Boston Marathon tragedy offers chance to redefine ‘neighbor’

As the Boston Marathon tragedy developed on the screen of my MacBook Pro today, as I stared at the bloody photos, the scared spectators, I felt a wave of sympathy. As “Did you hear about Boston?” echoed through the academic and residence halls at Drake, I realized that the tragedy, though a shock, yields a new chance for me, for us, even from far away.

Why we need to redefine 'neighbor'

Courtesy of Central Intelligence Agency

Even as I mourn the Boston victims and hope for justice, I commit my own injustice. Namely, I never consider — let alone mourn — the bloodbath at my neighbors’ place in Syria. Though an ocean separates us, I hardly acknowledge that 70,000 Syrians have died since the war broke out in March 2011.

Clearly, it’s easy to feel sympathy for and mourn my Bostonian neighbors. I confess, though, it takes more effort to even be aware of my Syrian neighbors — let alone mourn the rampant deaths in that region.

As I say, “Oh, that’s incredibly sad!” when I read the latest Boston Marathon tragedy update, I pledge to guide my cursor to the “Syria” section of the “World” tab and pay some respect to my other neighbors, neighbors I have long ignored.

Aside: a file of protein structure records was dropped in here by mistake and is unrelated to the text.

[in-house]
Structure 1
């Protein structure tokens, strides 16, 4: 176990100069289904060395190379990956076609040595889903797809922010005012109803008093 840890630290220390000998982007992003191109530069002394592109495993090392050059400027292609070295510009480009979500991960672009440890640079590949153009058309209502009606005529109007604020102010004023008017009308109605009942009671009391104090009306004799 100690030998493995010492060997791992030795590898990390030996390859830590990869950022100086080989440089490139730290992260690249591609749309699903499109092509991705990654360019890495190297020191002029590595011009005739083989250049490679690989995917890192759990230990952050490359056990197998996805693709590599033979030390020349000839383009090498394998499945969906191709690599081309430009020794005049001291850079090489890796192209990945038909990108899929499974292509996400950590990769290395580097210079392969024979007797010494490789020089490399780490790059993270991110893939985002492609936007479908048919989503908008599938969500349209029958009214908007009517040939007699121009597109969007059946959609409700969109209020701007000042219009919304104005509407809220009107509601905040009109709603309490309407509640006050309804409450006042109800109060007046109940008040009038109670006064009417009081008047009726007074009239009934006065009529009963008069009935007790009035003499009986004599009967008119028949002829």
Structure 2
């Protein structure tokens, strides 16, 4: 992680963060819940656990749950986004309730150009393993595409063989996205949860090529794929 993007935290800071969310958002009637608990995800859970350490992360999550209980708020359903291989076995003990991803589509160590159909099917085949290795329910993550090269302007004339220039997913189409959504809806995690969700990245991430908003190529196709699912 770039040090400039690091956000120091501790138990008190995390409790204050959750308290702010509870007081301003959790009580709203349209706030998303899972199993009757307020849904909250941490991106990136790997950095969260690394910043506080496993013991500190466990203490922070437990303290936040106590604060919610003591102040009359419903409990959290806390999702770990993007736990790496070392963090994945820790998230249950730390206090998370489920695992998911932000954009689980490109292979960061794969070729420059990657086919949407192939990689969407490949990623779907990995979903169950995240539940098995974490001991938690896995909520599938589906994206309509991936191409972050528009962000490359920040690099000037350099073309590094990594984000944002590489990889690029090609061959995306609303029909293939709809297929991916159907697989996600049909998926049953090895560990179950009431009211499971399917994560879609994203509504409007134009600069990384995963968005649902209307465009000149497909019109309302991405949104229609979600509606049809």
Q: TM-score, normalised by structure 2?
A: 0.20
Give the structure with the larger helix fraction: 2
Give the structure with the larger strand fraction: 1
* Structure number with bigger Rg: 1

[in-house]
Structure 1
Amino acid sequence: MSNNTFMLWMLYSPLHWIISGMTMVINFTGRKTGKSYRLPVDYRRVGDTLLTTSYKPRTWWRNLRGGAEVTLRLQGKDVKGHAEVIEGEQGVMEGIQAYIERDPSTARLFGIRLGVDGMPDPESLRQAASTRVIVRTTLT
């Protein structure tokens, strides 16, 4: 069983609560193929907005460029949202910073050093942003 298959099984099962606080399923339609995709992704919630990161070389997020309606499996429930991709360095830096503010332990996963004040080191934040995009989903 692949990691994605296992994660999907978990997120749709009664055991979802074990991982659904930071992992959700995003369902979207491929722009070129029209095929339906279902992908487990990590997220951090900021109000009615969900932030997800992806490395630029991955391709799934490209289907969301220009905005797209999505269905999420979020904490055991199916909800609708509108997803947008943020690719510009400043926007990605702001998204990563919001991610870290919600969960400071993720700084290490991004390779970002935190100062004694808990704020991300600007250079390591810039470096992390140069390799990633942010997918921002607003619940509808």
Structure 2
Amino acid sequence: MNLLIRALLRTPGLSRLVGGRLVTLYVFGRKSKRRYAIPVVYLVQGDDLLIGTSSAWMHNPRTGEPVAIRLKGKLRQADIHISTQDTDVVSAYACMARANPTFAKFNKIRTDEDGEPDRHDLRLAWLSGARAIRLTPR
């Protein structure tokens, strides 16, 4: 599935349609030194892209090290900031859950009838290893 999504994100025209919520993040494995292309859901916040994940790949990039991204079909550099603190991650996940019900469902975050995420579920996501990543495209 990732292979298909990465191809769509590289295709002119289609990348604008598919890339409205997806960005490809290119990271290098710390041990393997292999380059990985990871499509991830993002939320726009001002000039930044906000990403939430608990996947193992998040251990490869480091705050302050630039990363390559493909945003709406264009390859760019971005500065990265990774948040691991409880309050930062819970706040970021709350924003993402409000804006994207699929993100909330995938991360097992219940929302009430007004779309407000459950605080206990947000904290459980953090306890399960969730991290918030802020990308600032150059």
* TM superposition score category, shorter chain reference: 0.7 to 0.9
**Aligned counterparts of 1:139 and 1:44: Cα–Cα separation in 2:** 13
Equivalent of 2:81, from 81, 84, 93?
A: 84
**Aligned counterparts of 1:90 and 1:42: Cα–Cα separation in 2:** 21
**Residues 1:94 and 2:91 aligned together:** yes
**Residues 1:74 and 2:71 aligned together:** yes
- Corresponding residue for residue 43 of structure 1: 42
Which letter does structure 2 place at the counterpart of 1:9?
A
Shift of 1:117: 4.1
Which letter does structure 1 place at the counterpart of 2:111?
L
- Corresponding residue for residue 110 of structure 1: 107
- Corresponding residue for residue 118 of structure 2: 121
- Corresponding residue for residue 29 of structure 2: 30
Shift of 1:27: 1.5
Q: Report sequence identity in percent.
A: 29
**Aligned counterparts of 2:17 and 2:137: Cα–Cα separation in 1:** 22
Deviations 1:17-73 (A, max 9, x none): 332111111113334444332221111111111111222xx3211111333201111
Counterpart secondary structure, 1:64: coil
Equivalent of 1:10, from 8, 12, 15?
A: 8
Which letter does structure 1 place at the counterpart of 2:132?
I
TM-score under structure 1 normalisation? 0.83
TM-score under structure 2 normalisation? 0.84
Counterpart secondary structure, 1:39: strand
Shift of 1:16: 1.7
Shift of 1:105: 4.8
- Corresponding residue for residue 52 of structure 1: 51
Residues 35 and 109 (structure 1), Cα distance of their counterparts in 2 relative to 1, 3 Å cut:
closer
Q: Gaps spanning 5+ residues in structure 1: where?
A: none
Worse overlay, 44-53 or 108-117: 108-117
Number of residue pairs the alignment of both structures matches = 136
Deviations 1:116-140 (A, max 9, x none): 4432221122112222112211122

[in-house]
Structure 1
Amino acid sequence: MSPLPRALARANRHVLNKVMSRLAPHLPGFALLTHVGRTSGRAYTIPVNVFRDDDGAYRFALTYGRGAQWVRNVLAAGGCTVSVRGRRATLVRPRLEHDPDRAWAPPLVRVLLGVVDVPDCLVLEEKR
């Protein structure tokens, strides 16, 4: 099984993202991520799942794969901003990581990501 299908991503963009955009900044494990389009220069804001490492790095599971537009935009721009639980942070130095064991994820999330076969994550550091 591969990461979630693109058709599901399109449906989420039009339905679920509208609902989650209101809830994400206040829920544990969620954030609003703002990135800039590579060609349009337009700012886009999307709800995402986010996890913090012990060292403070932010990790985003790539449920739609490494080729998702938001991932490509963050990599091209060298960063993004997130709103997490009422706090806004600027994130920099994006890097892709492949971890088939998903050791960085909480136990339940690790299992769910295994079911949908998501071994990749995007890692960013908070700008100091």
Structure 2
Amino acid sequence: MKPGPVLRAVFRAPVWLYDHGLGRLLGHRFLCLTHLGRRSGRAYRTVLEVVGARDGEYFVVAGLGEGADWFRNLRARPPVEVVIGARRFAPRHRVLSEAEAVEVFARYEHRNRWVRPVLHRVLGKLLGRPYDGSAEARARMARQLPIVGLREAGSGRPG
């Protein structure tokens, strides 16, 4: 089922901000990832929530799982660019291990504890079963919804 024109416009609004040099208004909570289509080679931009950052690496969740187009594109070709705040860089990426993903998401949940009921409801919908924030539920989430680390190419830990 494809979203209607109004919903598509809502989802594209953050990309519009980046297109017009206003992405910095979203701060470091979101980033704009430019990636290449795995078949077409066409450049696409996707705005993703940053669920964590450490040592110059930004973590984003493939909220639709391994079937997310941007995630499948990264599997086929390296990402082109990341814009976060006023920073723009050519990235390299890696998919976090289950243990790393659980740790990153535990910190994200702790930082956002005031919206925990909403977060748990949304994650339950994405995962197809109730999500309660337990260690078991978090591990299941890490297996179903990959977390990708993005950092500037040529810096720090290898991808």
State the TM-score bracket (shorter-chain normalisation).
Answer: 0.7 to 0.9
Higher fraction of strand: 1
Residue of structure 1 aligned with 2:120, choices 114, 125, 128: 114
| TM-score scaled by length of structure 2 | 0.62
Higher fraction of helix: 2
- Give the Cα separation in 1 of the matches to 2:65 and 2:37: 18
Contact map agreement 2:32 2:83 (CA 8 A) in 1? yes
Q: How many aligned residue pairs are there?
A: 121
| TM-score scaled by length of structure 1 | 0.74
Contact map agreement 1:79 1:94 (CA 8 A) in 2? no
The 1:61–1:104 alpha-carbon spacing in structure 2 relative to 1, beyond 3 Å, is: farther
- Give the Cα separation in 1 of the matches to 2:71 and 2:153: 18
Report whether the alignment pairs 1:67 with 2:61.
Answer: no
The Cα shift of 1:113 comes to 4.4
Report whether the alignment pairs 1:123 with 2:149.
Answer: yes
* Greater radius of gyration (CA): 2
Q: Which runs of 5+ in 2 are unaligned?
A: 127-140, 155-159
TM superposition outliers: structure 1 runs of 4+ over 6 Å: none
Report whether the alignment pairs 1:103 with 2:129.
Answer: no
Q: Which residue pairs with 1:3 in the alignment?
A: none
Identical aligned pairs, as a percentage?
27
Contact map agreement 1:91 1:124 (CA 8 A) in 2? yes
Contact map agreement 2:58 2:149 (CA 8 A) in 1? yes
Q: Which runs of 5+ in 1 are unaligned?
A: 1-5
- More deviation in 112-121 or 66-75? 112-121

My grasp of the word “neighbor” needs an obvious overhaul.

Though my quest requires changes in my outlook and my America-centric news routine, I am ready to repeal my own injustice as my country seeks justice.

I hope the changes make me a more aware journalist and more importantly, a more aware global member and a more aware neighbor. Tonight, Boston and Syria, each a neighbor, hold my concern and my sympathy.

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